So, a couple of weeks back I wrote about leveraging the power of Logic Apps to retrieve Alerts from within your Azure ecosystem and send them to Microsoft Teams. This works great and a fellow Azure MVP, Tom Kerkhove, has enhanced the Logic Apps Template when handling Azure Monitor events.

I'm starting to become a pretty big van of Logic Apps, but there are some (obvious) downsides to it.
First, they live inside your Azure Portal. You can create, modify and export them from within the Portal, which is great, unless you want to integrate them in your ‘regular’ development cycle.

The export feature enables you to copy/paste the Logic Apps to your ARM templates, but this is suboptimal in my opinion. There’s also the Azure Logic Apps Tools for Visual Studio extension, which makes the integration a bit better, but it still feels a bit quirky.

Another downside is the 'language'. When exporting a Logic App you'll be seeing a lot of JSON. While there might be a good reason for this, it's not something I like working in and create (complex?) workflows.

If you can overcome, or accept, these downsides I'd really advice you to look into Logic Apps. If not, well read on!

Azure Functions to the rescue

If your IT organization consists of mostly developers it might make more sense to use Azure Functions to glue different systems with each other instead of Logic Apps. The biggest downside of Azure Functions in this scenario is, you don't have all of the building blocks from a Logic App to your availability. You have to create your own logic for this.

However, the major benefit of using Azure Functions as the glue to your solution is they are written in the language of your choice and can be deployed via your 'normal' CI/CD process.

The only thing the Logic App in the previous post did was receive a HTTP POST message, parsing it and send a message to Teams. All of this can also be done via a standard HTTP triggered Azure Function. And because I prefer writing C# code instead of dragging-dropping building blocks (or write JSON if you’re really hardcore), the Azure Functions approach works best for me.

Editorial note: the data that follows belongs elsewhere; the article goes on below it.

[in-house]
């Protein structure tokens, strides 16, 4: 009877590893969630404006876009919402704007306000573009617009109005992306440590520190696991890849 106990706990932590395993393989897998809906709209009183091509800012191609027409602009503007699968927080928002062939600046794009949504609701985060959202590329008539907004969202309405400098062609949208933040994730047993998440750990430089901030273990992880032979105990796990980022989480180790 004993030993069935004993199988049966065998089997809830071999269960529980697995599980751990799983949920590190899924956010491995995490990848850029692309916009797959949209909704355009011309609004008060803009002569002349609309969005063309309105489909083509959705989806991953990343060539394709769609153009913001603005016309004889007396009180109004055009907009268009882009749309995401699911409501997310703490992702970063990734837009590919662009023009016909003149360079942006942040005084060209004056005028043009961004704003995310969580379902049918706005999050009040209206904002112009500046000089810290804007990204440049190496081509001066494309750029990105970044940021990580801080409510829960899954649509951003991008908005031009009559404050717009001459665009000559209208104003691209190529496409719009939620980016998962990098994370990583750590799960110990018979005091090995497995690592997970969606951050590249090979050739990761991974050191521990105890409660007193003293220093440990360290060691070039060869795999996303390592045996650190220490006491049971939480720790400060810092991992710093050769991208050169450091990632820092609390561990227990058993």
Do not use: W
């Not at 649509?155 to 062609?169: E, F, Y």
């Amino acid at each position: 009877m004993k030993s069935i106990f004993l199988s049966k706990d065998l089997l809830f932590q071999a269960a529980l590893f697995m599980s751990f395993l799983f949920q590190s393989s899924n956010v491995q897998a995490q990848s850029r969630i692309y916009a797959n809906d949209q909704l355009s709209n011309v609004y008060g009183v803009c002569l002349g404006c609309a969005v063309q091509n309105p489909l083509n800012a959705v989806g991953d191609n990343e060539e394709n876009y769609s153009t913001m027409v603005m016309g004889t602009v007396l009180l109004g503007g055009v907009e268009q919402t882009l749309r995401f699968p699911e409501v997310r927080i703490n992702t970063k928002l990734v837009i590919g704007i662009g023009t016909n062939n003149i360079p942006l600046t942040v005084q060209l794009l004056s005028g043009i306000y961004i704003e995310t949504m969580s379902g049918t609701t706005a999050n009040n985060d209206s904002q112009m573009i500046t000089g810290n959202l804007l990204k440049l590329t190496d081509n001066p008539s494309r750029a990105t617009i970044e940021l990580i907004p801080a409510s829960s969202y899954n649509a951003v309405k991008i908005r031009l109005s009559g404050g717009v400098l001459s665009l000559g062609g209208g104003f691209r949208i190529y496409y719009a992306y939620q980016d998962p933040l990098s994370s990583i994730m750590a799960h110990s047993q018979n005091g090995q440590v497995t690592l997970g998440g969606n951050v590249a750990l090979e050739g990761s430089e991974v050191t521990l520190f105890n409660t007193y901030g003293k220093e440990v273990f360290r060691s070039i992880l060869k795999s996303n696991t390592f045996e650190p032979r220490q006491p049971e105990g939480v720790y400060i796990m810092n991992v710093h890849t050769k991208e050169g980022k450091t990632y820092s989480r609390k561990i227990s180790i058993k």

How to start with this?

The first thing you need to do, besides creating an HTTP triggered Azure Function, is to deserialize the incoming message from Azure Monitor.
The easiest way to get the complete Alert object is by copying the complete JSON message and use the `Paste JSON As Classes` option in Visual Studio.

image

This will create a model with all of the properties and complex types which are available in alert. At the moment it will look very similar to the following model.

/// <summary>
/// Generated via `Paste JSON as Classes`
/// </summary>
public class IncomingAzureMonitorCommonAlertSchema
{
    public string schemaId { get; set; }
    public Data data { get; set; }
}

public class Data
{
    public Essentials essentials { get; set; }
    public Alertcontext alertContext { get; set; }
}

public class Essentials
{
    public string alertId { get; set; }
    public string alertRule { get; set; }
    public string severity { get; set; }
    public string signalType { get; set; }
    public string monitorCondition { get; set; }
    public string monitoringService { get; set; }
    public string[] alertTargetIDs { get; set; }
    public string originAlertId { get; set; }
    public DateTime firedDateTime { get; set; }
    public string description { get; set; }
    public string essentialsVersion { get; set; }
    public string alertContextVersion { get; set; }
}

public class Alertcontext
{
    public object properties { get; set; }
    public string conditionType { get; set; }
    public Condition condition { get; set; }
}

public class Condition
{
    public string windowSize { get; set; }
    public Allof[] allOf { get; set; }
    public DateTime windowStartTime { get; set; }
    public DateTime windowEndTime { get; set; }
}

public class Allof
{
    public string metricName { get; set; }
    public string metricNamespace { get; set; }
    public string _operator { get; set; }
    public string threshold { get; set; }
    public string timeAggregation { get; set; }
    public Dimension[] dimensions { get; set; }
    public float metricValue { get; set; }
}

public class Dimension
{
    public string name { get; set; }
    public string value { get; set; }
}